[This is an excerpt from Chapter Six, Basic Troubleshooting]
Think of the job of a police detective assigned to the forensics unit. No matter what time of day or night, when a crime happens they will be called to investigate. They make certain the scene is secure, they gather their evidence, interview witnesses and suspects, and do their best to solve the crime. Not only will they need to interview people but they will need to set up surveillance on their suspects and monitor their activities for a period of time.
On television all of this happens in less than an hour. In real life it takes a little bit longer. And some crimes never get solved.
Now think about your life as a DBA. No matter what time of the day or night someone, somewhere, is going to have an issue with a database or a database server. And when that happens, you are going to get called in to investigate. You will be expected to immediately analyze all available details and provide a recommended course of action. If your job was a television show, you would be given about an hour to solve the issue. In real life people want an answer in less than a few minutes, especially if it is the middle of the night. And rarely are your issues allowed to go unsolved.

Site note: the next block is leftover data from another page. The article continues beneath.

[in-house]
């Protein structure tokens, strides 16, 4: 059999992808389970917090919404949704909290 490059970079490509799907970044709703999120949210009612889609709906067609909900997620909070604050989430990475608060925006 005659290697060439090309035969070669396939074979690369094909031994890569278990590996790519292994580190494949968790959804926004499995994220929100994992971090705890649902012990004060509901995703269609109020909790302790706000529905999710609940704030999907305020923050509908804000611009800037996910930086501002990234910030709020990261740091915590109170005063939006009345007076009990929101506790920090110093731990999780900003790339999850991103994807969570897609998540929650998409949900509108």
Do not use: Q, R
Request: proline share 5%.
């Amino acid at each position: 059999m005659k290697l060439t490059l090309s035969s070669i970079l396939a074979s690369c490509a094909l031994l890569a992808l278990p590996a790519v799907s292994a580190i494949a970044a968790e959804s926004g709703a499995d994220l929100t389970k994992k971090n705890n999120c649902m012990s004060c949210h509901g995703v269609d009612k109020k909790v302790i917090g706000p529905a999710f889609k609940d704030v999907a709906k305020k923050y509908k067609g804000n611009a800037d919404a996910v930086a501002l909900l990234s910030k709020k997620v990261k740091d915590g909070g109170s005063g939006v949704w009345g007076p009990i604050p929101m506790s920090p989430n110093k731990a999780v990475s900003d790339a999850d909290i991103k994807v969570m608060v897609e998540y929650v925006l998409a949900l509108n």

In order to provide that high level of support you will need to make certain you can do three things. First, you need to know where to look. Second, you need to know what questions to ask (and who to ask). And third, either review your monitoring or put your monitoring in place. In order to provide that high level of support you will need to make certain you can do three things. First, you need to know where to look, which we will assume to mean an incident has taken place. Second, you need to know what questions to ask (and who to ask), which you can think of as an interview (or an interrogation). And third, either review your monitoring or put your monitoring in place, which is the same as surveillance.
That is the DBA circle of life: something will happen, you will ask some questions, and you need to monitor some things going forward.